One thing’s for sure, whether you’re looking to challenge your mates or simply bounce your way through some incredible rainbow landscape, The Giant is not to be missed!
airSPACE is a super-Instagrammable space-themed wonderland filled with friendly aliens, spaceships, moon craters and lots, lots more!
Get some amazing action shots on the gigantic 5-lane slide, defy gravity in all three of airSPACE’s ball pits or try and reach the 8-metre-tall alien at the centre of the 18-metre-tall maze. For a totally immersive experience that’s out of this world, look no further than airSPACE!
What: The Big Bounce Australia
When: 18-27 February 2022
The entry fee allows three hours of unlimited access to The World’s Biggest Jumping Castle, The Giant and airSPACE. It’s free for parents to attend the event with their children, however parents who would also like to enter the inflatable attractions will need a separate ticket. Parents must accompany children in the Toddler Sessions with a separate ticket.
More information and ticket details to come! Watch this space!
You might also like:
Top Things To Do With Kids in Adelaide School Holidays
Commissioner surveys young people about COVID-19 vaccines and restrictions
South Australia’s Commissioner for Children and Young People, Helen Connolly, has released a summary report of key findings from a survey of young people aged 12-18 years about their views on COVID-19 vaccines and restrictions. As COVID-19 vaccines have now become available to all South Australians aged 12 and over, Commissioner Connolly felt it was an appropriate time to hear from young people so that their ideas and lived experiences could be factored into decision-making.
What do our young people know about vaccines?
In addition to asking for their views on vaccines and restrictions, the survey also asked young people where they get their information from, and what they need from adults to feel better supported during the pandemic. Of the 506 young people who responded, 1 in 3 (33%) knew ‘a little’ or ‘not much at all’ about COVID-19 vaccines. Approximately one fifth (17%) had already had one or both doses of a vaccine, and two thirds (67%) said they were ‘likely’ or ‘very likely’ to get vaccinated within the next 12 months.
Some of the reasons young people gave for not being vaccinated included thinking it was unnecessary because of their low risk of getting COVID-19. Others were ‘scared of needles’ while some said they believed the risks of being vaccinated outweighed the risks of contracting the virus itself. They also raised concerns about the idea of introducing a vaccine passport, saying this might unfairly effect children and young people whose parents are not allowing them to get vaccinated.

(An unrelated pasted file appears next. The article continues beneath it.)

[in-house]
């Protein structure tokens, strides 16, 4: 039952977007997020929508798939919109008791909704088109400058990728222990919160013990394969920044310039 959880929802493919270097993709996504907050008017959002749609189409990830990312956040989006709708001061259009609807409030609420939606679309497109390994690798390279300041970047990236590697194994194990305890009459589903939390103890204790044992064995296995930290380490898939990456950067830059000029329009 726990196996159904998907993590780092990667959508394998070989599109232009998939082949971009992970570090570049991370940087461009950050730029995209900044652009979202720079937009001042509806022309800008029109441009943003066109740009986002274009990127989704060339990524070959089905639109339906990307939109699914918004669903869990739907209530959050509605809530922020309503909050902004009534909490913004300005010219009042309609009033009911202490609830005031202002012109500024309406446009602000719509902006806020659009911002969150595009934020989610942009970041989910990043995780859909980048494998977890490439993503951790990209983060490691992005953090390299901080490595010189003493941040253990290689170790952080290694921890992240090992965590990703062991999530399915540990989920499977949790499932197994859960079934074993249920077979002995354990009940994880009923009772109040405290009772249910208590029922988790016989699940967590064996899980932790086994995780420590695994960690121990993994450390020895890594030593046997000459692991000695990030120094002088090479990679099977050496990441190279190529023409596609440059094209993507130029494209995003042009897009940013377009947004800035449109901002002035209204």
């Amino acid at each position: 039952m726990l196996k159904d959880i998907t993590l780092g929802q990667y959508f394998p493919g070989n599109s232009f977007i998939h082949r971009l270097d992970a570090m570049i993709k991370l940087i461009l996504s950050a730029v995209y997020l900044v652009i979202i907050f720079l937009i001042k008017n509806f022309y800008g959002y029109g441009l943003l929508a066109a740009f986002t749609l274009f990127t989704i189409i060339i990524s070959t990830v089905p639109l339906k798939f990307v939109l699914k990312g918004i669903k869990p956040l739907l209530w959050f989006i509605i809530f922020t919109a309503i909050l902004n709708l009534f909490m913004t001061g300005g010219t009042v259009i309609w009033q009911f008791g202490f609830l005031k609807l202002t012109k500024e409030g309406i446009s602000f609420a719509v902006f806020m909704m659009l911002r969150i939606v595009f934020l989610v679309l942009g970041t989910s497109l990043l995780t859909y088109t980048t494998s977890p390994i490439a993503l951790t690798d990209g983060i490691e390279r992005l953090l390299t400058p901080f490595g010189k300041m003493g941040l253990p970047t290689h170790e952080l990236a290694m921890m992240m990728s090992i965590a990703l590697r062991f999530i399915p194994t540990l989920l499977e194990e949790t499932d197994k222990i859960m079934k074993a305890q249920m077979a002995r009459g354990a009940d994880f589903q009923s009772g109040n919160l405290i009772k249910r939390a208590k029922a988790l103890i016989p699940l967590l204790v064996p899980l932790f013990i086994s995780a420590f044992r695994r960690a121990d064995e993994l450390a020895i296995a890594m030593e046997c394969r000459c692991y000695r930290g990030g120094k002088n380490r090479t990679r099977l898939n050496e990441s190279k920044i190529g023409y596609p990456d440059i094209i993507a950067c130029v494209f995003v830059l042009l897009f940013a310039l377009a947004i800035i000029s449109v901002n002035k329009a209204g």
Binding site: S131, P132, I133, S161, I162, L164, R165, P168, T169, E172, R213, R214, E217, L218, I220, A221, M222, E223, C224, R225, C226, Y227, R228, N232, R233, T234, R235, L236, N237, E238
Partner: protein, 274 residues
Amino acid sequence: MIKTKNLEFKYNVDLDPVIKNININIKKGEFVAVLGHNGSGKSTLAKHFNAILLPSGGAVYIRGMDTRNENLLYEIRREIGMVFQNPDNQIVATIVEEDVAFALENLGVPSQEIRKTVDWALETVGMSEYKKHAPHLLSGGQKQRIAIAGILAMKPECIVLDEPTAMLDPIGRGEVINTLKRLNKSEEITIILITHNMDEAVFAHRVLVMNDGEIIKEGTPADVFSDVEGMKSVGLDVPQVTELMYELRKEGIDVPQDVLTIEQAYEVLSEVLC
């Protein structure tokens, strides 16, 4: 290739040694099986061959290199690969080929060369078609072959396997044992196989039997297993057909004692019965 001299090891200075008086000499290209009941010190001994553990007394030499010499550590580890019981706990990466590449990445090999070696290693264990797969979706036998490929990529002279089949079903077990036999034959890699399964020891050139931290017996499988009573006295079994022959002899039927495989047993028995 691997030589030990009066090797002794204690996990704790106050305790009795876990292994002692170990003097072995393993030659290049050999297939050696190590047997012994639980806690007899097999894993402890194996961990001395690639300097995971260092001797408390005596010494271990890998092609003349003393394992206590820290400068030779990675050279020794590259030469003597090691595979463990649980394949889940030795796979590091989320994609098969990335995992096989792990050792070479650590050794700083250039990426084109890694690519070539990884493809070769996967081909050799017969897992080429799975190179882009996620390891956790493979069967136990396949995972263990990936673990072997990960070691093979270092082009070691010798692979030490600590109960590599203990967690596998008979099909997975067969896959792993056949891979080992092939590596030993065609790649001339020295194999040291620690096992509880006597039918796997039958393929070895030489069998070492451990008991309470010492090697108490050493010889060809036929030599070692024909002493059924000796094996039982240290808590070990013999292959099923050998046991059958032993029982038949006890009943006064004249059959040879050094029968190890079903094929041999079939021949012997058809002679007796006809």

Young people overwhelmingly understood the importance of getting vaccinated and of putting restrictions in place to prevent COVID-19 from spreading, but they also felt young people overall were being impacted by restrictions more than other age-groups. Young people reported feeling a range of emotions in response to the pandemic, from feeling lucky to be living in a state that has been relatively safe compared to other parts of Australia and the world, through to confusion, frustration, and sadness about the lack of information or appreciation for the unique and often disproportionate ways young people’s day-to-day lives are being impacted.
How can young people feel better supported by adults?
To feel better supported by adults, young people recommended that they listen to what young people are saying about their unique experiences, reassure them more often, inform them with examples that are relevant, and include them in decision-making. They also said adults needed to be more flexible and to not place so much pressure on young people, to stop spreading misinformation, follow the restrictions, and provide better mental health support at school. They also wanted the government to continue to provide financial support for families who have lost work and are struggling because of the impact of the pandemic.
What Young South Australians told the Commissioner:
“I guess it’s just really hard because I feel like we are losing what it means to be young, to go out and have fun. I feel like as a Generation we all really care about the community as we have a more humanistic rather than individual outlook – and we want to do all we can to support the Gov. and stop COVID. I know SO many people my age who have already gotten vaccinated or are booked. There’s not much I feel like the Gov. can do to support us, and how sad a lot of us feel about our youth right now.”
– 17 year old, Female, Onkaparinga
“The non-vaccines are selfish. Yeah, they have the right to be scared and not want to and have a voice, but it’s ultimately our future and when borders open, they are going to just ruin the situation. The vaccine is only like 70% effective and we can still get it, and if they are carrying it around us, then we will still get it despite doing the right thing.”